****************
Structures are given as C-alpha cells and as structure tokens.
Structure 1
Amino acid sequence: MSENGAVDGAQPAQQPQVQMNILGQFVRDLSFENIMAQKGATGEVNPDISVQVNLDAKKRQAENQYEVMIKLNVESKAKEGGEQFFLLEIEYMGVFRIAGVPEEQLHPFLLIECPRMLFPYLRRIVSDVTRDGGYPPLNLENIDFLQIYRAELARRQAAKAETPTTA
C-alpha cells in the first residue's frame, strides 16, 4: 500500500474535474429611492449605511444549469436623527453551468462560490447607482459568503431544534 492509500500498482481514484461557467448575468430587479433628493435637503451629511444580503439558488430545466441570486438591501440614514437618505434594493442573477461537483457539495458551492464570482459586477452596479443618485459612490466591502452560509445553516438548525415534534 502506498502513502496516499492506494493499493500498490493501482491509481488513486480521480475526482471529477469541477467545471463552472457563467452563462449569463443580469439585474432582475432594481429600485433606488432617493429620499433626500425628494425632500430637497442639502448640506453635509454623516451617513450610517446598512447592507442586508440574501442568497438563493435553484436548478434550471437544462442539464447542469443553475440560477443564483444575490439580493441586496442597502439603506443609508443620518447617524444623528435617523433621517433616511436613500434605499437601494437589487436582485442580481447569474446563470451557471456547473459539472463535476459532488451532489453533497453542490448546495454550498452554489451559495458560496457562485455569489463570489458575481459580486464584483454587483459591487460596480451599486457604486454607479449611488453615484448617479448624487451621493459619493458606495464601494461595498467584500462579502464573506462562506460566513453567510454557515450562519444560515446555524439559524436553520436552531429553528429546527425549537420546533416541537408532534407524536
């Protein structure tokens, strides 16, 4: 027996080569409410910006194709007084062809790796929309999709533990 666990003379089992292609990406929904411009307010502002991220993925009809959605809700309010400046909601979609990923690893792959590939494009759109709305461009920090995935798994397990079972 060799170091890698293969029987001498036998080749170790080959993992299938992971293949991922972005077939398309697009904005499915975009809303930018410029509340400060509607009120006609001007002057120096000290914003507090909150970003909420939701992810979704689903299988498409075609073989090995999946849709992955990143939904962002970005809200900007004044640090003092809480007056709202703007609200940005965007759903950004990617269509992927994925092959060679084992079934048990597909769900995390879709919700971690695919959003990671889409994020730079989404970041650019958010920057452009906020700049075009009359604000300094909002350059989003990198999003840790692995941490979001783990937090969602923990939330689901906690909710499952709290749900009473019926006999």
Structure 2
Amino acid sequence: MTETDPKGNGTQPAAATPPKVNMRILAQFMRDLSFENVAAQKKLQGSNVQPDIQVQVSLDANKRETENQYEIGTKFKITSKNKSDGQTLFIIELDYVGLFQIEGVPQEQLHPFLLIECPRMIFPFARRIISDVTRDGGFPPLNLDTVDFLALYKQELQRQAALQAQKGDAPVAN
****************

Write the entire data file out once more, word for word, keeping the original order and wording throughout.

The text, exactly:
Structures are given as C-alpha cells and as structure tokens.
Structure 1
Amino acid sequence: MSENGAVDGAQPAQQPQVQMNILGQFVRDLSFENIMAQKGATGEVNPDISVQVNLDAKKRQAENQYEVMIKLNVESKAKEGGEQFFLLEIEYMGVFRIAGVPEEQLHPFLLIECPRMLFPYLRRIVSDVTRDGGYPPLNLENIDFLQIYRAELARRQAAKAETPTTA
C-alpha cells in the first residue's frame, strides 16, 4: 500500500474535474429611492449605511444549469436623527453551468462560490447607482459568503431544534 492509500500498482481514484461557467448575468430587479433628493435637503451629511444580503439558488430545466441570486438591501440614514437618505434594493442573477461537483457539495458551492464570482459586477452596479443618485459612490466591502452560509445553516438548525415534534 502506498502513502496516499492506494493499493500498490493501482491509481488513486480521480475526482471529477469541477467545471463552472457563467452563462449569463443580469439585474432582475432594481429600485433606488432617493429620499433626500425628494425632500430637497442639502448640506453635509454623516451617513450610517446598512447592507442586508440574501442568497438563493435553484436548478434550471437544462442539464447542469443553475440560477443564483444575490439580493441586496442597502439603506443609508443620518447617524444623528435617523433621517433616511436613500434605499437601494437589487436582485442580481447569474446563470451557471456547473459539472463535476459532488451532489453533497453542490448546495454550498452554489451559495458560496457562485455569489463570489458575481459580486464584483454587483459591487460596480451599486457604486454607479449611488453615484448617479448624487451621493459619493458606495464601494461595498467584500462579502464573506462562506460566513453567510454557515450562519444560515446555524439559524436553520436552531429553528429546527425549537420546533416541537408532534407524536
């Protein structure tokens, strides 16, 4: 027996080569409410910006194709007084062809790796929309999709533990 666990003379089992292609990406929904411009307010502002991220993925009809959605809700309010400046909601979609990923690893792959590939494009759109709305461009920090995935798994397990079972 060799170091890698293969029987001498036998080749170790080959993992299938992971293949991922972005077939398309697009904005499915975009809303930018410029509340400060509607009120006609001007002057120096000290914003507090909150970003909420939701992810979704689903299988498409075609073989090995999946849709992955990143939904962002970005809200900007004044640090003092809480007056709202703007609200940005965007759903950004990617269509992927994925092959060679084992079934048990597909769900995390879709919700971690695919959003990671889409994020730079989404970041650019958010920057452009906020700049075009009359604000300094909002350059989003990198999003840790692995941490979001783990937090969602923990939330689901906690909710499952709290749900009473019926006999």
Structure 2
Amino acid sequence: MTETDPKGNGTQPAAATPPKVNMRILAQFMRDLSFENVAAQKKLQGSNVQPDIQVQVSLDANKRETENQYEIGTKFKITSKNKSDGQTLFIIELDYVGLFQIEGVPQEQLHPFLLIECPRMIFPFARRIISDVTRDGGFPPLNLDTVDFLALYKQELQRQAALQAQKGDAPVAN